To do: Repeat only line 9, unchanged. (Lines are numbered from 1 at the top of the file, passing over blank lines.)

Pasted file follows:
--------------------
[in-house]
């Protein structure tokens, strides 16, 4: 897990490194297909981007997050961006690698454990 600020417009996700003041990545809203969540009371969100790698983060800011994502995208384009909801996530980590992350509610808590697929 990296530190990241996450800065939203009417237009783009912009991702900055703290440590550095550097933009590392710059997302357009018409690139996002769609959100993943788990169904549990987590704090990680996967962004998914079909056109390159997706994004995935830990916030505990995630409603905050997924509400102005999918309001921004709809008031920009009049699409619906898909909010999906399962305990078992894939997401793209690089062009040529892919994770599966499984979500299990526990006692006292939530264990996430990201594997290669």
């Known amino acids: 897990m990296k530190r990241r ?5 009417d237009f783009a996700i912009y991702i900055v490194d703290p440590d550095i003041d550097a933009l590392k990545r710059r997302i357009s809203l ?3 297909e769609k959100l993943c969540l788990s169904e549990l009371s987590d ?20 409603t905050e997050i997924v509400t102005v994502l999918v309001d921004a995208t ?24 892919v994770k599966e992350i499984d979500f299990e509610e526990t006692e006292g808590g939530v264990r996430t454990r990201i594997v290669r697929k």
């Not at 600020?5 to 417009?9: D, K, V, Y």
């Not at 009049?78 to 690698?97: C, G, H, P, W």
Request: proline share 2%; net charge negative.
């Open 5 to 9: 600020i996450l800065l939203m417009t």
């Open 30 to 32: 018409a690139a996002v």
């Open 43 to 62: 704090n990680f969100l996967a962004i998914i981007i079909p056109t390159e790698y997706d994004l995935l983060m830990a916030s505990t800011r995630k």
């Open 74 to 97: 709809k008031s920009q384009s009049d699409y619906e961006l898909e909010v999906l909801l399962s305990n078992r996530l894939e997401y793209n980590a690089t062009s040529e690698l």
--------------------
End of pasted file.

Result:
């Open 43 to 62: 704090n990680f969100l996967a962004i998914i981007i079909p056109t390159e790698y997706d994004l995935l983060m830990a916030s505990t800011r995630k």